The authors found that 10.3% of abortions in the United States were 13 weeks LMP or later, including 4.0% at 16+ weeks, and that the individuals most likely to have abortions at 13 weeks or later included black women, women with less education, those using health insurance to pay for the procedure and those who had experienced three or more disruptive events in the last year.  Individuals who were more likely to have an abortion at 16 weeks or later included black women, higher income women and those paying with health insurance.

Jones and Finer conclude that women, notably those with less education, would most benefit from increased availability of first-trimester abortion services, and that an increased emphasis should be placed on the provision of these services to this population.

Contraceptive Care in the Veterans Healthcare System

In Contraceptive Care in the VA Healthcare System,published in Contraception, authors Sonya Borrero, et al, highlight how little is known about contraceptive care within the Veterans Affairs (VA) health care system.  This study was conducted to assess the prevalence of documented contraception by race and ethnicity within the VA and to examine the association between receiving primary care in women’s health clinics (WHCs) and having a documented contraceptive method.

The authors examined data from 103,950 female veterans aged 18-45 years from the year 2008.  Attention was paid to the associations between race/ethnicity and receipt of care in a WHC with having a method of contraception.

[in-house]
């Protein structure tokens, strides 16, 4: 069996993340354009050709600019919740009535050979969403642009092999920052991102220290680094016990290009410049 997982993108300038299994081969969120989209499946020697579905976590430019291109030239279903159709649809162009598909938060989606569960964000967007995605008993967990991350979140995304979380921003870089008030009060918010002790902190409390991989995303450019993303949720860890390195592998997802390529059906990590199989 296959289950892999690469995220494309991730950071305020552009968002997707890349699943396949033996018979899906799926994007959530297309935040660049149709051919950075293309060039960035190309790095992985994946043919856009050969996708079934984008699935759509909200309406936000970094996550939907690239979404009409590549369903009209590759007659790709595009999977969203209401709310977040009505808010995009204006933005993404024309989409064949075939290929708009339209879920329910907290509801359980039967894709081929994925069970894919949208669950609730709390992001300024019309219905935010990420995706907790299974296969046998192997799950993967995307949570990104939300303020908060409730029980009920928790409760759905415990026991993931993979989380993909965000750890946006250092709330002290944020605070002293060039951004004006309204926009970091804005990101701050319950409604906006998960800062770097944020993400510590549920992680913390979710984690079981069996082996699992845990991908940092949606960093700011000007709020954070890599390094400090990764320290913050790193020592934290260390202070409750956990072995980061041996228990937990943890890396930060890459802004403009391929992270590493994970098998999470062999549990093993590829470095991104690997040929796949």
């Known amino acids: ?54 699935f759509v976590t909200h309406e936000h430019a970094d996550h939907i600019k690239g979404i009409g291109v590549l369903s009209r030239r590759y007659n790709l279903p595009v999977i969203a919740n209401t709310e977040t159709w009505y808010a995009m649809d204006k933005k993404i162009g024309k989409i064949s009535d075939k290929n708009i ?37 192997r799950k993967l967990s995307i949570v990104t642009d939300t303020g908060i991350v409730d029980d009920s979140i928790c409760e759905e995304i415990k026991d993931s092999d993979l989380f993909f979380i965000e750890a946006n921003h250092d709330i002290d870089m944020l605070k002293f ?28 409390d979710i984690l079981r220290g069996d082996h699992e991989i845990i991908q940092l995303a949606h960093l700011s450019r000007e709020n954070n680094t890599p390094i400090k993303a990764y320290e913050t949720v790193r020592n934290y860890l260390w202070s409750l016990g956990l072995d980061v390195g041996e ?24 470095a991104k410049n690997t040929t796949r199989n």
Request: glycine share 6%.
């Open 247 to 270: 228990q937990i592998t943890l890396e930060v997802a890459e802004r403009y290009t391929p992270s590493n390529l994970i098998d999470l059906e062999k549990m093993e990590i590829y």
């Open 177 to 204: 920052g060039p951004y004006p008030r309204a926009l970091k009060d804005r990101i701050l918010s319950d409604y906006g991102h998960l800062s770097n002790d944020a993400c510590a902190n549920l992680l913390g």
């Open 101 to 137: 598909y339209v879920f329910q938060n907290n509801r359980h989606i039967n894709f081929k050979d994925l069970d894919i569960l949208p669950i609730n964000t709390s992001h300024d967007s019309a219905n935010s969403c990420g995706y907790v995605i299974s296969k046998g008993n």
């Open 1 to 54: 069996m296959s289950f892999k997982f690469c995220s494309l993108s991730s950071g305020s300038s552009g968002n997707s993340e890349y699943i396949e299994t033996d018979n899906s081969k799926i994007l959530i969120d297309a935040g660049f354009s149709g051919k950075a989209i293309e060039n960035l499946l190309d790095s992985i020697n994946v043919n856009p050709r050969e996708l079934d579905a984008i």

Results indicated that a meager 22% of women veterans had a documented method of contaception during 2008. Hispanic and African-American women were significantly less likely to have a method compared to whites, and women who went to WHC’s were significantly more likely to have a method of contraception compared to women who went to traditional primary care clinics.

The authors concluded that overall contraceptive prevalance in the VA is low, but receiving care in a WHC is associated with a significantly higher likelihood of having a contraceptive method.

Veteran’s Affairs and Reproductive Health Services

In Availability of Gynecologic Services in the Department of Veteran’s Affairs, published in Contraception, authors Michelle D. Seelig, et al, evaluated on-site availability of gynecologic services, clinic type and staffing arrangements, and the impact of having a gynecology clinic and/or an obstetrician gynecologist routinely available.

Results indicate that of the 133 sites that they evaluated, fifty-eight percent (77 sites) offered services directly though an OBGYN, forty-two percent (56 sites) did not have an OBGYN and fifty-four percent (72 sites) had a women’s health clinic (WHC).  Of the sites that provided services directly from an OBGYN, more services were offered.  Of these additional services, those clinics with an OBGYN were more likely than those without to offer the following services: endometrial biopsies (91% vs. 20%), IUD insertion (85% vs. 14%), infertility evaluation (56% vs. 23%), infertility treatment (25% vs. none), gynecologic surgery (65 vs. 28%).

The authors conclude that as the VA learns new avenues to accomodate the rising number of woman veterans, there should be an increased focusing on establishing WHC for primary care and routine availability of OBGYN or other qualified clinicians.